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Today's News

  • Jude Hamilton's $32 heart beats strongly

    By Terri Likens
    Special to The Enterprise

    Jude Hamilton’s heart had been through the wringer.
    He suffered from the same congenital heart condition that took his father at age 39, and shortly after he passed that age himself, his own problems began to set in.
    Around the year 2000, the Loretto resident began a long series of surgeries and procedures for his own heart failure — stents, two different bypasses and the installation of a pacemaker/defibrillator device.

  • Stories of Hope

    The Lebanon Enterprise is committed to educating the public about the importance of being a registered donor so that others may live. Currently, more than 123,000 men, women and children in this country are awaiting organ transplants to save their lives. Thousands more are in need of tissue and cornea transplants to restore their mobility and sight.

  • Three months out for double-transplant recipient

    By Terri Likens
    Special to the Enterprise

    Kevin Hamilton had an unusually deep support network when he went in for liver and kidney transplants in January. His brother Kenny, who got a new heart in 2010, was able to give him a firsthand perspective.
    Now, along with the usual brotherly conversations, the two talk about rejection drugs, their medical teams and even how to live from the perspective of someone who has been given a second chance at life.

  • She’s got heart

    Have you ever met a person who has gone through so much during his or her life that you can’t comprehend how they’re still standing, let alone smiling?
    Well, Lori Caldwell is one of those people.
    Nearly 19 years ago, she had a heart transplant.
    She had been diagnosed with post-partum cardiomyopathy after having her daughter, Cameron, on July 2, 1996. The left side of her heart no longer functioned, and doctors didn’t know what caused it.

  • Family's loss wasn't in vain

    By Terri Likens
    Special to the Enterprise

    Inherent in the month of April is the promise of life.
    Redbuds and dogwoods paint hillsides transitioning from winter’s drab, and even on cloudy days, Central Kentucky’s bluegrass seems to shimmer with its own light.
    It’s the month that Marion County native Terra Yates Gillispie was born, on April 27 — a birthday she shares with her mother, Lisa Yates.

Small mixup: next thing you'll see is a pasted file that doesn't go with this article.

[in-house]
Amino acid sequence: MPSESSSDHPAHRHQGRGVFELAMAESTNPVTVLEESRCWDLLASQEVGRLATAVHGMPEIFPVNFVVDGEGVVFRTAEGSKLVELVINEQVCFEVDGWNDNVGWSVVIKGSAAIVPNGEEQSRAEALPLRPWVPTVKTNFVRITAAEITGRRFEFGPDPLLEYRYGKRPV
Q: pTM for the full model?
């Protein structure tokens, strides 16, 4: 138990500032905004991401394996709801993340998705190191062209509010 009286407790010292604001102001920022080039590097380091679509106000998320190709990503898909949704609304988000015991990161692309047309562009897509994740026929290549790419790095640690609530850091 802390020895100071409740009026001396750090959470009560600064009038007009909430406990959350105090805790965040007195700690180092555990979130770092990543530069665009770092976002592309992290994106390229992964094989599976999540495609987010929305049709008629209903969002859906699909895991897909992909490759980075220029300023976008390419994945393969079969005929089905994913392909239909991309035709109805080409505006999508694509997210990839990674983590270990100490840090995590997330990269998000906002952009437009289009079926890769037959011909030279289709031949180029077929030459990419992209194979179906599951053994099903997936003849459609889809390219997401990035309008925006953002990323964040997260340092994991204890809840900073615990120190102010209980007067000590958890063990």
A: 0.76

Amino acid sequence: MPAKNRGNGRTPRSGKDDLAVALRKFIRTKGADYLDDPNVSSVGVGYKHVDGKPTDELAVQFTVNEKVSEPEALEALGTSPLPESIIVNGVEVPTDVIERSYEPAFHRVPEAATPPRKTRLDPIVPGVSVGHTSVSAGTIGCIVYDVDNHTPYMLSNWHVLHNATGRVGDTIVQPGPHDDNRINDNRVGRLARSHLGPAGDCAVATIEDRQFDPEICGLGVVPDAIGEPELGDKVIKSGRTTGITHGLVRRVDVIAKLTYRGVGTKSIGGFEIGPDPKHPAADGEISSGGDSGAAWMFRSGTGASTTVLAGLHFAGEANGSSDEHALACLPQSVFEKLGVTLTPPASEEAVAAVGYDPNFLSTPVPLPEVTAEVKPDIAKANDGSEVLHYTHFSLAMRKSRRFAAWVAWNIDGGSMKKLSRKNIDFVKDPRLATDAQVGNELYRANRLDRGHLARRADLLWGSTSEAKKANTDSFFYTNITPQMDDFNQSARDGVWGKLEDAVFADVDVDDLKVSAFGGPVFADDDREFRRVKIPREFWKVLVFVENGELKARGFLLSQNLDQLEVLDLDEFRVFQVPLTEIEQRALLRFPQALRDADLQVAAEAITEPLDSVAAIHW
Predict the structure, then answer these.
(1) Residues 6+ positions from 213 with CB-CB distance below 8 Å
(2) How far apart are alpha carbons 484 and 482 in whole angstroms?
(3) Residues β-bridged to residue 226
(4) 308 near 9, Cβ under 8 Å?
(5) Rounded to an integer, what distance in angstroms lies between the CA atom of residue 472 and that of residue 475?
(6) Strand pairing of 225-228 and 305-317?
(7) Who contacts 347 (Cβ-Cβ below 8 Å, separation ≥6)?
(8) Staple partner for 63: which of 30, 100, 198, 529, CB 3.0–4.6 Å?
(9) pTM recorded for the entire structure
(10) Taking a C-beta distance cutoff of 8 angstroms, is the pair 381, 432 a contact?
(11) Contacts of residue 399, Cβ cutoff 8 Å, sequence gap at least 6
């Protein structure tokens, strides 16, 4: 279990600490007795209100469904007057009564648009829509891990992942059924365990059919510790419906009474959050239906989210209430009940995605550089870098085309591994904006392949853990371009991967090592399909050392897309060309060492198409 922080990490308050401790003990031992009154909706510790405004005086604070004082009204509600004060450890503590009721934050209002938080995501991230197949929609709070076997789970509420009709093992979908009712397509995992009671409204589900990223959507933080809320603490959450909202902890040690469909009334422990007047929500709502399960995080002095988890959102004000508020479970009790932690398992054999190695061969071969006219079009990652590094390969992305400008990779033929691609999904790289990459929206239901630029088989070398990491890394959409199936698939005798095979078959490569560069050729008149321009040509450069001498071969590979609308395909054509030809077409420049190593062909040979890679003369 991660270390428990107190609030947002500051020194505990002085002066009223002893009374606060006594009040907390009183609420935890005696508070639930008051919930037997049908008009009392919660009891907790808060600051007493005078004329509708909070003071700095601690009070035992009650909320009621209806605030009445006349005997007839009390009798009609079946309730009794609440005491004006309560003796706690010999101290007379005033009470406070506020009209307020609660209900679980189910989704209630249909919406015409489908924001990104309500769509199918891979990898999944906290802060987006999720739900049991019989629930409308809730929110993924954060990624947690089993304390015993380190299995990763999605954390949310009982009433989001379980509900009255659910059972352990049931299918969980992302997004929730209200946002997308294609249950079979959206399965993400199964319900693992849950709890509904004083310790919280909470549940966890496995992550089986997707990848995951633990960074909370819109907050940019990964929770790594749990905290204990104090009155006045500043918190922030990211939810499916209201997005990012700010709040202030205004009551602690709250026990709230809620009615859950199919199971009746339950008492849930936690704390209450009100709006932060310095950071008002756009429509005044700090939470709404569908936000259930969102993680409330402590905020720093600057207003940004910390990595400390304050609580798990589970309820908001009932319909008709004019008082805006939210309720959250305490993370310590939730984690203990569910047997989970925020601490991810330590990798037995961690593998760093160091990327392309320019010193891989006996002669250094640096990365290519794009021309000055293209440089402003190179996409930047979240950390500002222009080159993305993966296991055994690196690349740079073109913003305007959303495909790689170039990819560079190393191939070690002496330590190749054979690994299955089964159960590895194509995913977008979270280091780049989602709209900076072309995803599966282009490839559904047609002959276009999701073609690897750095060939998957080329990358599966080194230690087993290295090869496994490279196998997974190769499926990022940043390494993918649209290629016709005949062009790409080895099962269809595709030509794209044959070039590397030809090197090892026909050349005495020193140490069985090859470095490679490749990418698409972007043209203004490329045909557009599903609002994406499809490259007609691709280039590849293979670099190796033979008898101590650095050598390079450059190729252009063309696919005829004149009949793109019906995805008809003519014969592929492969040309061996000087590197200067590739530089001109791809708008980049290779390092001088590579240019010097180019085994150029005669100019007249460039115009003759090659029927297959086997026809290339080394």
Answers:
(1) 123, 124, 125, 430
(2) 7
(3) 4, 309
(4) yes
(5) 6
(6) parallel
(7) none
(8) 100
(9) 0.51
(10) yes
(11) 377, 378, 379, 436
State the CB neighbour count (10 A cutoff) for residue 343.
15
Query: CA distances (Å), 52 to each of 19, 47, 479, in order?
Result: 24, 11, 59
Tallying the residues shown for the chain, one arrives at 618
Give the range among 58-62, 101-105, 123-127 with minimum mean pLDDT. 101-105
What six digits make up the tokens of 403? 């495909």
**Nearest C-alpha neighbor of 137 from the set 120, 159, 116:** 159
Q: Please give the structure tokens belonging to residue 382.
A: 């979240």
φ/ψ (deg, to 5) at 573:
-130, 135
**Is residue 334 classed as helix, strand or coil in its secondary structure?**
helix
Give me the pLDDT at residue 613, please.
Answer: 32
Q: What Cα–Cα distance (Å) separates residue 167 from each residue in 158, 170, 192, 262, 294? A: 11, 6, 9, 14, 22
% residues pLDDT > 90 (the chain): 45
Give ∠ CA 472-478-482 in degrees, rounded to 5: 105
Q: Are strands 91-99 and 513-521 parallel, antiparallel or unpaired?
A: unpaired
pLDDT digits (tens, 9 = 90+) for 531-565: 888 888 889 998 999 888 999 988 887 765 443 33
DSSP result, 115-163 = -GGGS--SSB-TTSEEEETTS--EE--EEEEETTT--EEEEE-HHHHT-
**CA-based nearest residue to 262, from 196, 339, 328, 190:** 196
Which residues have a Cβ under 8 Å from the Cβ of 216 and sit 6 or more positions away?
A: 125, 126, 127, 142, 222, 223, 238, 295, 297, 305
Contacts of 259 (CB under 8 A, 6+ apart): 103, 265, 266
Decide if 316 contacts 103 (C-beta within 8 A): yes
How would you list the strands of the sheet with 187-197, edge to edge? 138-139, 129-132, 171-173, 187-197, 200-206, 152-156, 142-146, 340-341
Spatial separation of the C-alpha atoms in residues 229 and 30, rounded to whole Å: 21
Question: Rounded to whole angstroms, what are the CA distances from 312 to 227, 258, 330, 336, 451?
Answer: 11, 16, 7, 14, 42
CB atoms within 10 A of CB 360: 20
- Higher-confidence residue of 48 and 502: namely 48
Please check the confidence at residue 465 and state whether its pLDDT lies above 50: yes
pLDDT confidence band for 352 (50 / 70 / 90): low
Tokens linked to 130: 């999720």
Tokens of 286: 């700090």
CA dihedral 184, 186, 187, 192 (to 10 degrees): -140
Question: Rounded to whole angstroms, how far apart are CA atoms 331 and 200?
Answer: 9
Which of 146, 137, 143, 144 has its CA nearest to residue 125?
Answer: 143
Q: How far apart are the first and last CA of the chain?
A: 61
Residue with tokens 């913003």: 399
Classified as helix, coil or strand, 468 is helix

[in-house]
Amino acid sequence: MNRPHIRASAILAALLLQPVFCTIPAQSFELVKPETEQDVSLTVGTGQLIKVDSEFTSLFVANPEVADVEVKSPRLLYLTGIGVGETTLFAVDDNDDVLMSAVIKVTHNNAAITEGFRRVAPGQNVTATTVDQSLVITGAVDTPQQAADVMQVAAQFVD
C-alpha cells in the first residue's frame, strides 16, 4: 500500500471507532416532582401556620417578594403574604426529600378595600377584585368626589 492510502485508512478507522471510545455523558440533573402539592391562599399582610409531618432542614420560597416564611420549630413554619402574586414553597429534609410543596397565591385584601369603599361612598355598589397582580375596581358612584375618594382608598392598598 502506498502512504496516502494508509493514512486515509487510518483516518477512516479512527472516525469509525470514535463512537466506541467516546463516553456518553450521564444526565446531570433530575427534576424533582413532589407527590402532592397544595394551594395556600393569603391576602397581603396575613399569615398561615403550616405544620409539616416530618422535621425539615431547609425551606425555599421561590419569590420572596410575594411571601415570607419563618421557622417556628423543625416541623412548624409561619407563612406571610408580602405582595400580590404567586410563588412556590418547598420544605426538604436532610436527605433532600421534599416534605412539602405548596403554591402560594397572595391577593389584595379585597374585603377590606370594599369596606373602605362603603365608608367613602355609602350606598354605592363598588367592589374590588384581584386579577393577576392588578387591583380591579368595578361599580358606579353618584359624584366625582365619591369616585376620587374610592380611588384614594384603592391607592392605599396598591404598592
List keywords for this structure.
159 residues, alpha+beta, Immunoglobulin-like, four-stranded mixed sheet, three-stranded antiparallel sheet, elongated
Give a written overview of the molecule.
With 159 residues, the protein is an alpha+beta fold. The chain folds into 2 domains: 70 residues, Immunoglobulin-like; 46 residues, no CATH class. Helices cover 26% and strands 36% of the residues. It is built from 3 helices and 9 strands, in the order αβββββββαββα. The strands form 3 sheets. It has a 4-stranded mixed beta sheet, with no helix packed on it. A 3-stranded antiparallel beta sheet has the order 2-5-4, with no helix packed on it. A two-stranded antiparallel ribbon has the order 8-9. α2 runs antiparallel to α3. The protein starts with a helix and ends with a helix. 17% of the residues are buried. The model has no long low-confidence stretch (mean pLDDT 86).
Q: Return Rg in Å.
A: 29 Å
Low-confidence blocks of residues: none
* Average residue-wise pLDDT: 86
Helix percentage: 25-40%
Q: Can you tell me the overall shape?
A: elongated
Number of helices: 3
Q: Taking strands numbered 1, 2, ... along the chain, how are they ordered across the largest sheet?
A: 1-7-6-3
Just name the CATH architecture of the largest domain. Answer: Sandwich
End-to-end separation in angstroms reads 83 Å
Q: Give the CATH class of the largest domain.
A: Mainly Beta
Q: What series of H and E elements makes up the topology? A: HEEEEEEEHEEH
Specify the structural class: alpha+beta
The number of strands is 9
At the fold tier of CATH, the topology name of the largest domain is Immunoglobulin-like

It’s also the month that Gillispie unexpectedly lost Yates four years ago.

  • Seven attempts got Richardson a kidney

    By Terri Likens
    Special to The Enterprise

    For Carlotta Richardson of Lebanon, organ transplantation is a second-generation thing.
    Her mother suffered from Bright’s disease, also known as nephritis, a chronic inflammation that damages the kidneys. That set her up to be an early kidney transplant recipient in 1979.
    Her mother lived 10 years more with the donated kidney.

  • A second chance at a normal life

    This time last year, Kevin Rogers was a walking dead man.
    After dealing with chronic high blood pressure for years, Kevin, 41, suffered from renal failure in July of 2011, and his long four-year wait for a kidney began.
    It took a toll on Rogers both physically and mentally.
    His life – and his family’s life – revolved around his dialysis treatments.

  • Just keep breathing

    “Life isn’t about waiting for the storm to pass. It’s about learning to dance in the rain.” - Vivian Greene
    That quote is prominently displayed on a wall just above where Cara Brahm sits in her living room in her newly purchased home in Lebanon. It’s a quote Brahm, 39, can definitely relate to after struggling with cystic fibrosis since she was 10 years old.

  • Two time’s a charm

    Julia Browning Devine could quite possibly be Pope Francis’s biggest fan.
    How many other people can say they’ve named one of their kidneys after him?
    Devine, 46, who began suffering from kidney disease at age 15, received her second kidney transplant on Aug. 26, 2014.
    She proudly named her new kidney “Francis” after her favorite Pope.
    And Francis has been a blessing from day one.
    “I've been told more than once, ‘You got a good one,” Devine said. “Francis is working beautifully for me.”

  • Organ donation facts

    MARION COUNTY STATS
    Currently, 47.3 percent of the county’s total population are registered as organ and tissue donors. That’s a significant increase from 2014 when the county was at 41 percent.
    So far this year, 62 percent of people obtaining a driver’s license at the Marion Circuit Clerk’s Office are saying “yes” to the dollar donation to the Trust for Life.

    HOW DO I BECOME AN ORGAN AND TISSUE DONOR?